Y.O. and Y.S. designed the research. Y.O. performed the in vivo experiments. N.A.-K. performed ex vivo experiments. T.S. and A.K. performed the mathematical modelling. Y.O., T.S., A.K. and Y.S. wrote the manuscript. J.K. and Y.S. supervised the project.

Additional information

How to cite this article: Okubo, Y. et al. Lfng regulates the synchronized oscillation of the mouse segmentation clock via trans-repression of Notch signalling. Nat. Commun. 3:1141 doi: 10.1038/ncomms2133 (2012).


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We thank Gerry Weinmaster, Kohzo Nakayama and Yasumasa Bessho for generously providing antibodies against the N- and C-terminus of Dll1 and Hes7, respectively and Katsuto Hozumi for various cell lines required for the Notch-reporter assay. We are also grateful to Aya Satoh, Hisayo Suzuki and Makoto Kiso for their general assistance in maintaining the mouse colonies. We further thank Masayuki Oginuma and Mitsuru Morimoto for valuable discussions during the course of this study. This work was supported by Grants-in-Aid for Science Research on Priority Areas from the Ministry of Education, Culture, Sports, Science and Technology, Japan, and from the Transdisciplinary Research Integration Center of the Research Organization of Information and Systems.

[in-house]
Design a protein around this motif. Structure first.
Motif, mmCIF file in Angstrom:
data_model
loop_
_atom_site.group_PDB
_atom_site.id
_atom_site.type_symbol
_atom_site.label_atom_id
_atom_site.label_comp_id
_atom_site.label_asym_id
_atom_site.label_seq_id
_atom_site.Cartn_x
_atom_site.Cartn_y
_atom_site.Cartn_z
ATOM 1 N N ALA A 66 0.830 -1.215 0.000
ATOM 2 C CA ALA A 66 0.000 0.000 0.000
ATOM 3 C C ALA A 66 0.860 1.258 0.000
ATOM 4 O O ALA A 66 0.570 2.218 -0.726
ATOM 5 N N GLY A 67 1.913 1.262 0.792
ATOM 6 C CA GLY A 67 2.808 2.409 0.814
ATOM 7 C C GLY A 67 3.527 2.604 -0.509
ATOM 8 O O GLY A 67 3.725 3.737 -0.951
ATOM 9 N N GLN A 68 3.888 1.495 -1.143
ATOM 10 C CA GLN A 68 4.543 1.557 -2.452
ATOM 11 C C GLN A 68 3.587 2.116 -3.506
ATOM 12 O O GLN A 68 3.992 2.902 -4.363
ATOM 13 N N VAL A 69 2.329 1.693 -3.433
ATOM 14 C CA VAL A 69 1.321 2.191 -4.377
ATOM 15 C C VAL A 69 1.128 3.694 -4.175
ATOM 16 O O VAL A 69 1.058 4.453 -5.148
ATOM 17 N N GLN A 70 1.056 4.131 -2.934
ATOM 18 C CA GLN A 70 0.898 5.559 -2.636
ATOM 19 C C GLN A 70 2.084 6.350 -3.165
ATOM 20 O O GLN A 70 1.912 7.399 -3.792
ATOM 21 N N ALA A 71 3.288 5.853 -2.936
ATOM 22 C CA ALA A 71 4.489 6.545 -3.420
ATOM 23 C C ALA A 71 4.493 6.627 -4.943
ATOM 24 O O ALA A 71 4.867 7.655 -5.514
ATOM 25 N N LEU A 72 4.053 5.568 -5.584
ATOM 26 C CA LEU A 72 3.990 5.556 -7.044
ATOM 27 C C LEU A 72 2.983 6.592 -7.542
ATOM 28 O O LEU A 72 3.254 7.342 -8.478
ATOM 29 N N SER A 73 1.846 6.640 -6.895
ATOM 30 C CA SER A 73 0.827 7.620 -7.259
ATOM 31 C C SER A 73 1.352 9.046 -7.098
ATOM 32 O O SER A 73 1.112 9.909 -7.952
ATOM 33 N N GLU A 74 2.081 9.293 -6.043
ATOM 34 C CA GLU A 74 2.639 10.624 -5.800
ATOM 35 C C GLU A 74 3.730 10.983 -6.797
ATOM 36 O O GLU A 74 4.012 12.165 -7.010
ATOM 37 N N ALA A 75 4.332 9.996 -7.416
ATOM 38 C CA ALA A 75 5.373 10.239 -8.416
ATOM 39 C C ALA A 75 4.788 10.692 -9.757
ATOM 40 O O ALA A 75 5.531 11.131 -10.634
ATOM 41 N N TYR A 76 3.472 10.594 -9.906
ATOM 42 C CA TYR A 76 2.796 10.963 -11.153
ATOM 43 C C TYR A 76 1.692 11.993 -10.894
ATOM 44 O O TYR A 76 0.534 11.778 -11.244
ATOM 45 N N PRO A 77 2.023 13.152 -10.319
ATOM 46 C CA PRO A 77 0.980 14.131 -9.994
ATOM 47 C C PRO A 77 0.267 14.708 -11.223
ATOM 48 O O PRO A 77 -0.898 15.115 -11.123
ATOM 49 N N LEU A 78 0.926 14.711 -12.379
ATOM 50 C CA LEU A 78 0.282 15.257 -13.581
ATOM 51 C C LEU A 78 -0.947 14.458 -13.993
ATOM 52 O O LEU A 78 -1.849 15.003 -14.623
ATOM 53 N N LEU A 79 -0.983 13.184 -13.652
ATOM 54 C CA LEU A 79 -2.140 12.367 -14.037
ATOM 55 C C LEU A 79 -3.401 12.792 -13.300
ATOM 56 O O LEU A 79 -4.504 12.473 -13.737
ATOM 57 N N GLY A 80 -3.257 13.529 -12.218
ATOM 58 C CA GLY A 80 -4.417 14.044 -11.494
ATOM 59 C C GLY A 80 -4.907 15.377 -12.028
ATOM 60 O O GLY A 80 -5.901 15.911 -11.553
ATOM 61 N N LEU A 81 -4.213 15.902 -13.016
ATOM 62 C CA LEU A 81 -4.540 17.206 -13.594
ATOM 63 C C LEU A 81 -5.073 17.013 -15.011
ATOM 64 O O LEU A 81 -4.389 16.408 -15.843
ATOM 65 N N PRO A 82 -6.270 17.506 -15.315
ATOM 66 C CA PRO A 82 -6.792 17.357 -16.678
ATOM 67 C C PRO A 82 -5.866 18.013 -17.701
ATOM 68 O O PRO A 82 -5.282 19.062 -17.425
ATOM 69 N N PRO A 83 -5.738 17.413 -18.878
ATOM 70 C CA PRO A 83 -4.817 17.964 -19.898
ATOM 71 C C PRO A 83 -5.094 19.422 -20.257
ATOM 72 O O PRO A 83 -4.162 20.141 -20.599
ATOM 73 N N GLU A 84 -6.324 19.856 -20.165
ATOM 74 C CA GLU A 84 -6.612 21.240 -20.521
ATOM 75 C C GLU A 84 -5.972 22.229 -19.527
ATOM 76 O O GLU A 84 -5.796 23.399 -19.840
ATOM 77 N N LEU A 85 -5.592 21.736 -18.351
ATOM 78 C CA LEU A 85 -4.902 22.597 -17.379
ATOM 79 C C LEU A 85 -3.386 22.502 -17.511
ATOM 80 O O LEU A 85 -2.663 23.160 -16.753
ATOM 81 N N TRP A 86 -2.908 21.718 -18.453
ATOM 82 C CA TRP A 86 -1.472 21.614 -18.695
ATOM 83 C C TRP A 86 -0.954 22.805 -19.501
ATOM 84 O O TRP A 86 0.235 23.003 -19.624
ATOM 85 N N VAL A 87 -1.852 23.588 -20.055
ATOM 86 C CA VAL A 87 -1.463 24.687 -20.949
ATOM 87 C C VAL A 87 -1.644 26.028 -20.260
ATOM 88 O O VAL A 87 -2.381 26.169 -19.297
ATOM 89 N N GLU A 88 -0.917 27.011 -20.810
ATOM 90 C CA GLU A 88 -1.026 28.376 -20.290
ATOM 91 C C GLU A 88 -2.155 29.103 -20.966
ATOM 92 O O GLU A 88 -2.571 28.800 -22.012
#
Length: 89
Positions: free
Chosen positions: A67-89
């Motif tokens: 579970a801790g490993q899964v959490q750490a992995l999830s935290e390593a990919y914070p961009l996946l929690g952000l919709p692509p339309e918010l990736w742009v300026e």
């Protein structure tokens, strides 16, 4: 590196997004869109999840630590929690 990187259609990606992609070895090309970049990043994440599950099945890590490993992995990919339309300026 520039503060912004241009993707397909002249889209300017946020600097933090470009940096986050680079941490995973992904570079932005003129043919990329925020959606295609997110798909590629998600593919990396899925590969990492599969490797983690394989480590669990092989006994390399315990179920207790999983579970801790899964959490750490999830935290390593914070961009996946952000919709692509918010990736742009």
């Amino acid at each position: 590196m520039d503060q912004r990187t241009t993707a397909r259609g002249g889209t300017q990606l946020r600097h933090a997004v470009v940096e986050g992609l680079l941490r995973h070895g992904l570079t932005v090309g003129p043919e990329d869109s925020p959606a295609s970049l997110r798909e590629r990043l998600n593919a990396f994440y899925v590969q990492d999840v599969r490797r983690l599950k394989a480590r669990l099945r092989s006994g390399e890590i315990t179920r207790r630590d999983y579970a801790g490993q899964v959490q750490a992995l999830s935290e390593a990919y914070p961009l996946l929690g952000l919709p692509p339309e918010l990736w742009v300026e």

Author information


  1. Department of Genetics, SOKENDAI, Yata 1111, Shizuoka 411-8540, Japan.

    • Yusuke Okubo
    •  & Yumiko Saga
  2. Division of Cellular and Molecular Toxicology, National Institute of Health Sciences, 1-18-1 Kamiyoga, Tokyo 158-8501, Japan.

    • Yusuke Okubo
    •  & Jun Kanno
  3. Cell Architecture Laboratory, National Institute of Genetics, Yata 1111, Mishima 411-8540, Japan.

    • Takeshi Sugawara
    •  & Akatsuki Kimura
  4. Division of Mammalian Development, National Institute of Genetics, Yata 1111, Mishima 411-8540, Japan.

    • Natsumi Abe-Koduka
    •  & Yumiko Saga


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Competing interests

The authors declare no competing financial interests.

Corresponding authors

Correspondence to Akatsuki Kimura or Yumiko Saga.

Supplementary information

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    Supplementary Figures, Tables, Methods and References

    Supplementary Figures S1-S14, Supplementary Tables S1 and S2, Supplementary Methods and Supplementary References


  1. 1.

    Supplementary Movie 1

    Simulation analysis of clock synchronization via the cell-non-autonomous repression of Notch by Lfng. Data are also shown in Figure 4a (+Lfng).

  2. 2.

    Supplementary Movie 2

    Simulation of clock synchronization defects in the absence of cell-non-autonomous regulation by Lfng. Data are also shown in Figure 4a (-Lfng).